Opinion: Conversion 'therapy' a devastating practice

McMorrow

Think back to the first time you fell in love.

Not what you expected out of this op-ed? Well, stay with me.

Think back to long before you were sitting here reading this article. Back before your first job. Maybe you’ve got kids now, or maybe you’re married.

Think about the first time you looked at someone else and something stirred in you so deep that all you wanted to do was spend every moment with that person.

Remember how complicated it was? How awkward and unsure you were? Remember trying to understand these new feelings while you were also trying to figure out who you were, what you believed, where you fit in to social circles and what made you … you?

Bring yourself back to this time in your life. Now, imagine someone telling you everything you feel, believe and know to be true to your core is wrong. That you are wrong. That you are broken.

Conversion therapy is a devastating practice based on the idea that someone can be cured of their sexual orientation and converted from gay or queer into someone who is heterosexual.

But this “therapy” isn’t therapy at all.

The unequivocal consensus from the medical and mental health community — including The American Academy of Pediatrics, the American Counseling Association, the American Psychiatric Association, the American Psychological Association, the American School Counselor Association, the National Association of School Psychologists and the National Association of Social Workers — is that homosexuality is not something that can be or, more importantly, needs to be cured.

Studies show that people who have participated in such programs report higher levels of anxiety, depression, lower levels of self-esteem, and even lower levels of education and income into adulthood. Kids whose parents try to change their sexual orientation attempt suicide at more than double the rate of their LGBTQ peers. The suicide rate is nearly triple among young people who deal with intervention that includes attempted conversion.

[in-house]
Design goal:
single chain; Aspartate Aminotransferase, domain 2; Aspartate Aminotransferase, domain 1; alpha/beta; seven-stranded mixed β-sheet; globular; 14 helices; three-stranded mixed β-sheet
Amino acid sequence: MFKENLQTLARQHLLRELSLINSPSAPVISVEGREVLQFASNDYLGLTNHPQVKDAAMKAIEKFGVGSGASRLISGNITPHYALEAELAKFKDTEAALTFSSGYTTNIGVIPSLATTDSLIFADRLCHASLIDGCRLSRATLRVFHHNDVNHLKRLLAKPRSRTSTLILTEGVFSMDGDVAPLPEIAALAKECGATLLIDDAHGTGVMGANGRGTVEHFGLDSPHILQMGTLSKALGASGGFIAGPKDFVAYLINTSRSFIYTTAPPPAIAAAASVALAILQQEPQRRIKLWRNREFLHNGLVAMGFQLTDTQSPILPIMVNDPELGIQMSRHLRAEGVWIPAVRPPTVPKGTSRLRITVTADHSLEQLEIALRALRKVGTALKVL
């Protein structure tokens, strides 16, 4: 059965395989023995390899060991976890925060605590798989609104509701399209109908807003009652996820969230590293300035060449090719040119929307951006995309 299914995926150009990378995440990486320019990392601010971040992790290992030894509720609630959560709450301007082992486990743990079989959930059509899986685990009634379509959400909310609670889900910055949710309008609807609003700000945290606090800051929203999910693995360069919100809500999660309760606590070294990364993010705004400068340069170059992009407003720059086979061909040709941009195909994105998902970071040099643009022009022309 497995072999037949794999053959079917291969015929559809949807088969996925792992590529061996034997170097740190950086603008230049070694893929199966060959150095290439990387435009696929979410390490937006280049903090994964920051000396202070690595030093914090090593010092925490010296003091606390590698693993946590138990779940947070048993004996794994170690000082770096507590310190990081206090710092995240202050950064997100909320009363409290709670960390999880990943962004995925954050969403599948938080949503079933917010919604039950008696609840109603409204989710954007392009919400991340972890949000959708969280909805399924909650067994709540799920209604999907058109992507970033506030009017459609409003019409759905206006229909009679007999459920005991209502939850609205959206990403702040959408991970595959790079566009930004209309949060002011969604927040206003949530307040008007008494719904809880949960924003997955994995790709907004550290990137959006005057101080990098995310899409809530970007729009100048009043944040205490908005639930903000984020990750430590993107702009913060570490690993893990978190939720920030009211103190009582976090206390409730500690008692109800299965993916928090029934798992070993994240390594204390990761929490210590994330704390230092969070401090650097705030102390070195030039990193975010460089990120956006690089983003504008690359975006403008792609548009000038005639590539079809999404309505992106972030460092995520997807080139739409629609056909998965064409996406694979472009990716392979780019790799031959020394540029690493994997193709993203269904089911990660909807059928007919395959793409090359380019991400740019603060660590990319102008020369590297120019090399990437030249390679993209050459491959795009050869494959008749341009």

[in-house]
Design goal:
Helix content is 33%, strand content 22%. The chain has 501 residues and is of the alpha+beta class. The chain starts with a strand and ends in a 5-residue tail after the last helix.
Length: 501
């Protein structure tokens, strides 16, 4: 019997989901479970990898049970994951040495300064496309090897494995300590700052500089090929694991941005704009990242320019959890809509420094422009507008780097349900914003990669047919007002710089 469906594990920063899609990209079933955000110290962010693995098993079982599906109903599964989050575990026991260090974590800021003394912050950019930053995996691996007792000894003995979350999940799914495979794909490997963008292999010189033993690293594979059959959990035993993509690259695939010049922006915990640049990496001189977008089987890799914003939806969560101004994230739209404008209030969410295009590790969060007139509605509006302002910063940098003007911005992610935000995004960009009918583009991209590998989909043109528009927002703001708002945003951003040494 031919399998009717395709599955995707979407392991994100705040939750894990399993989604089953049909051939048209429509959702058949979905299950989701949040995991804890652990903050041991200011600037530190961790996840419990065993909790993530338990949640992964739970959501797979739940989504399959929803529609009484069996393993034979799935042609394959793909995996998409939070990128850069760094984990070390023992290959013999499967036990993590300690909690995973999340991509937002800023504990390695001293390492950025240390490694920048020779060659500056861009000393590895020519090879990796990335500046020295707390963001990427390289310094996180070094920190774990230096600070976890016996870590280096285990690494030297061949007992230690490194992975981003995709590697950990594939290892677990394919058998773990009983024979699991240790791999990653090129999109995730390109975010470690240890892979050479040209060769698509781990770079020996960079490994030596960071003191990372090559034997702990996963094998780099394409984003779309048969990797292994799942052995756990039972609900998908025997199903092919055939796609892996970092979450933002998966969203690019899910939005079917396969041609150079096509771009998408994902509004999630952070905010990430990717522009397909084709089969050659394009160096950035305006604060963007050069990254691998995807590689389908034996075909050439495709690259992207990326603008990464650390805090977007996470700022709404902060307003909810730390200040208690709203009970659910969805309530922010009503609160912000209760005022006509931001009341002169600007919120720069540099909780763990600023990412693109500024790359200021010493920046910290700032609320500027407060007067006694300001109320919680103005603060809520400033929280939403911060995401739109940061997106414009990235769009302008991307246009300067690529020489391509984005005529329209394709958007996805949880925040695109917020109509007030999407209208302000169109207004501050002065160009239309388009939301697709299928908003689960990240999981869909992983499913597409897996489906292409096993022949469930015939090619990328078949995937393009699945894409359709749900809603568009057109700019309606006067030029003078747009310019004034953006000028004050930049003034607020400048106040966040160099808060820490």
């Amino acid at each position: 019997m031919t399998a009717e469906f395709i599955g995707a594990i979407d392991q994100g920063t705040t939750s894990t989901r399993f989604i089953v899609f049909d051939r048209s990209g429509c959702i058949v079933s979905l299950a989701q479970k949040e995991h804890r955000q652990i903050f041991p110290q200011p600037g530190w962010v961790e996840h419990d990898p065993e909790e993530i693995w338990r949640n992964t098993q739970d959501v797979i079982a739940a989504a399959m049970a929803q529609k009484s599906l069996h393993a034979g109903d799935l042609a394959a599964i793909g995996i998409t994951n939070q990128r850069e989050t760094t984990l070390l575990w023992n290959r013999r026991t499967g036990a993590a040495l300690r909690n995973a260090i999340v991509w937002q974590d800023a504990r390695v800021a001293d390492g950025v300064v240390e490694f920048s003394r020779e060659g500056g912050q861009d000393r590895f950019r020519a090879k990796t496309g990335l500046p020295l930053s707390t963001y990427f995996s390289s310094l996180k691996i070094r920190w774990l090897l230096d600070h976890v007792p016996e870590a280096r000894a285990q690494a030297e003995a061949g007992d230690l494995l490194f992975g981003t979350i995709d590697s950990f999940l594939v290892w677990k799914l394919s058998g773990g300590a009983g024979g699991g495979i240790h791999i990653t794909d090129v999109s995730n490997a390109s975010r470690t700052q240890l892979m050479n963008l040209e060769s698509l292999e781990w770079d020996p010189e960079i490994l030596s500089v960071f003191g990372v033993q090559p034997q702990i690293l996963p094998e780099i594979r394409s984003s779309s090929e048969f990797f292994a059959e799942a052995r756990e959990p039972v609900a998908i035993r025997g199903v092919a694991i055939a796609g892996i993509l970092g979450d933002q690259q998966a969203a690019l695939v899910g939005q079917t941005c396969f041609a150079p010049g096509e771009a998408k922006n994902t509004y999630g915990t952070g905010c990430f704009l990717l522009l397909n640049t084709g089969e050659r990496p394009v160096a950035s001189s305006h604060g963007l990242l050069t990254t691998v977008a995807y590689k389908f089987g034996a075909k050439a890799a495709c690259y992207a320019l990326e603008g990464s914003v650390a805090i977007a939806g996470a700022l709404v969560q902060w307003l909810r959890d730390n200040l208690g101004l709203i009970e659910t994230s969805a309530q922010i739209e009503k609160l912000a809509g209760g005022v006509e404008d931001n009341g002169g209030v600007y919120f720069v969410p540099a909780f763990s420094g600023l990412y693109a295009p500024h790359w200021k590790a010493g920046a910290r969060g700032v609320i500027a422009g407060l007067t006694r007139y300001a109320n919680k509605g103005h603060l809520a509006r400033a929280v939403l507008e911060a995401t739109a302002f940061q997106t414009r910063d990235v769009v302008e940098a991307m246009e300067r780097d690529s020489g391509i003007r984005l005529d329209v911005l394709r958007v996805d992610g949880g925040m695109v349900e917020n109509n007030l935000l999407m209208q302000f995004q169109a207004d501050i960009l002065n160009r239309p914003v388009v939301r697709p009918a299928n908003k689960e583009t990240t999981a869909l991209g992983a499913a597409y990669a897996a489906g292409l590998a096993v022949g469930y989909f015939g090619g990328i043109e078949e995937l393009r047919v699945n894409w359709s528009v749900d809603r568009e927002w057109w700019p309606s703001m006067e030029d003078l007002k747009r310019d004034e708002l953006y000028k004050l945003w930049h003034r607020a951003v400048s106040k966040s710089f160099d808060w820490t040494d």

Yet, this practice is frequently offered to children during their most vulnerable, formative years.

Sixteen states have already banned conversion therapy. New Jersey’s Republican Gov. Chris Christie signed a ban into law in 2013, and Washington’s Democratic Gov. Jay Inslee signed one in 2018.

Allowing this dangerous practice to continue sends a message to LGBTQ people that they are not welcome in Michigan. That message hurts us culturally and economically. Millennials and Gen Z are moving to places that are more welcoming and open-minded, taking their talents, skills and spending power with them.

In an op-ed last year, Michigan State University Professor Ronald Fisher detailed the harsh reality facing our state: “In 2015-16, Michigan tied for fifth-lowest among all states in the proportion of its population who are young adults age 26 to 34, the group targeted for modern skills … By contrast, Michigan ranks fifth-highest among all the states in the percentage of the population 55 years and older.”

Fisher added, “Millennials have revealed their preferences both by their choices and in surveys … Diversity is in; exclusion is out.”

Baby Boomers willsoon be retiring, if they haven’t already. Unless we have young residents who pick up where they leave off, our economic future and ability to attract new businesses looks bleak.

It’s time for Michigan to break down the partisan wall and ban this dangerous practice once and for all.

For our LBGTQ residents. For the protection of our kids, and for Michigan’s future.

About the author: Mallory McMorrow is a state senator representing Michigan’s 13th District, which covers part of Oakland County.

This guest commentary first appeared in Bridge Magazine, an online publication of the nonpartisan, nonprofit Center for Michigan.